Amateur Hockey is rarely the realm of controversy. Occasionally, the layer is peeled back on the leagues that groom high school aged boys who aspire to hoist Lord Stanley’s Cup one day. A few years ago, former NHLer Sheldon Kennedy testified against his former Juniors coach who had been molesting him (and possibly other players) and helped put him behind bars. And until this week, the only news coming out of Junior Hockey has been the performance of the future stars of the NHL.
A recent decision by a Junior Hockey Coach may spark another examination of how teams and leagues make statements, both political and non-political.
Sea Dogs head coach Jacques Beaulieu cut left-winger Dave Bouchard from the team on Saturday after he failed to sign a flag that was sent to Canadian troops in Afghanistan.
Bouchard, 20, who is now home in JonquiÃ¨re, Que., said it’s all a big misunderstanding and thought another player had signed his name on his behalf. He has apologized to his coach, saying he should have signed the flag.
Beaulieu wants to show support for the troops, and insists that every single one of his players and coaches show their support as well.
“It’s just something that I really believe in,” he said. “You do have freedom of speech in Canada. You are allowed to say whatever you want but we have standards here. And we’re going to live by them.”
Bouchard was on Radio Canada this morning and was asked if he was a separatist. He said he was “just a hockey player.” And he should just be a hockey player. Even if Bouchard was making an anti-war statement, and my hunch is that he wasn’t, his right to make that statement is obvious.
I personally feel that the decision to fire a player because he wouldn’t sign the flag is extreme. It may violate various labor laws, as well, but Beaulieu’s decision is morally wrong first and foremost. It is his team and he can apply whatever test he wants for inclusion on the team, provided he is supported by the front office. But to insist that everyone agree with you to be part of a team, that is meant to be community organization is to take that loyalty to an unhealthy level. The gesture of showing support to soldiers who are under fire in a hostile country is a genuinely nice action, that has been tarnished by the heavy handed actions of a coach unwilling to accept that someone might disagree with him.
This quote from UPI shows how serious Beaulieu is.
“Morally, we have standards with this hockey team and that’s a standard that we believe in,” he told the Canadian Broadcasting Corp. Monday. “I mean, if Dave doesn’t believe in it, that’s fine. But he won’t be part of it. He won’t be part of this organization. That’s the standard that we set.”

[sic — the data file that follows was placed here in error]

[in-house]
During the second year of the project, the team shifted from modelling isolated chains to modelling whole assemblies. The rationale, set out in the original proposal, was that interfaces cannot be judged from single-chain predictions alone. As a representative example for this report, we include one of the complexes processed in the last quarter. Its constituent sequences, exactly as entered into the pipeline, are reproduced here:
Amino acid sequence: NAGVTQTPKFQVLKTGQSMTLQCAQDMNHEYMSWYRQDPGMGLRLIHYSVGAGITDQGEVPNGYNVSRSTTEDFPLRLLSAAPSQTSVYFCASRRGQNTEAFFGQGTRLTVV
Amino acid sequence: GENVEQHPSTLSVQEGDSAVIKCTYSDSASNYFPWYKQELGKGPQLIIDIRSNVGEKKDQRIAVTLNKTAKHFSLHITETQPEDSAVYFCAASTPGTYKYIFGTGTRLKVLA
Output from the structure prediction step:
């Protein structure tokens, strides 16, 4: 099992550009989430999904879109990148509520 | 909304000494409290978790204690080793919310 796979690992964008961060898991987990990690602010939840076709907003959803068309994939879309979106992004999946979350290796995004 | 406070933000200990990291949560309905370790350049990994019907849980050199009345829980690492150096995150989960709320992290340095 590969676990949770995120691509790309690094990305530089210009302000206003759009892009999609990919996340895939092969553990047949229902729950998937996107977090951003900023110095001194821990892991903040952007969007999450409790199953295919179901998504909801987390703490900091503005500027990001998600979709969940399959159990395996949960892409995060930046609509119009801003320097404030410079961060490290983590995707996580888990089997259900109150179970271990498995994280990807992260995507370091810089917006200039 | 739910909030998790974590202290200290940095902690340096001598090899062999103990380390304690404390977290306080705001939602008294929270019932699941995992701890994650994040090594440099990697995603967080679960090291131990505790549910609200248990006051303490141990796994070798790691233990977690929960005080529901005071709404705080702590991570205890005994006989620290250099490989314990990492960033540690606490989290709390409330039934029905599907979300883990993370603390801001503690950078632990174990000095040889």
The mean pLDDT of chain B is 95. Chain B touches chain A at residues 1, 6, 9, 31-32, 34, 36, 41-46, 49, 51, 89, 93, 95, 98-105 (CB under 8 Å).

The impact for professional teams is muted, because the coaches and organizations do not have the authority to fire players the same way that Junior teams can. Further, with the attention paid to the events of major professional sports organizations, it is impossible to avoid the media maelstrom surrounding that kind of decision. Apart from a few folks who follow the Saint John Sea Dogs, and the QMJHL, not many folks know about this story.
Remember Carlos Delgado?
They booed Carlos Delgado on Wednesday night at Yankee Stadium. They should have cheered him.
Delgado is the leading anti-war activist in major league baseball. He actually has thought about the U.S. invasion of Iraq and come to the conclusion that more and more Americans and more than a few shame-faced politicians finally have come to as well.
“I think it’s the stupidest war ever,” the Blue Jays’ power-hitting first baseman told the Toronto Star earlier this month after someone finally noticed that whenever “God Bless America” was played in major league ballparks, Delgado would disappear until the song was over.
This, as it turns out, was his silent protest of the U.S. invasion of Iraq that has now cost the lives of 900 U.S. citizens and countless more Iraqis, many of whom just happened to be in the wrong place at the wrong time.
Whether fans at Yankee Stadium agree with Delgado or the Bush administration’s war, they still should not have booed him when he came to the plate. If anything, they should have cheered because he was a living civics lesson to every young fan watching (and the old ones, too) who may have heard this week of his quiet protest.
I disagree with Ron Borges (the author of the above praise of Delgado). The fans have every right to boo him. They can disagree with his action and call him on it by booing him. No harm, no foul there. The foul is when a sports team foists a cause on the team’s players and by doing so co-opts their support for said cause. Most of the time it is benign, like supporting cancer survivors, or what have you, but sometimes reasonable people disagree over passionate issues of the day. In those cases, their right to speak should not be muted in the name of unanimity with team, or worse as a condition of employment.
Cross Posted at Ennuipundit
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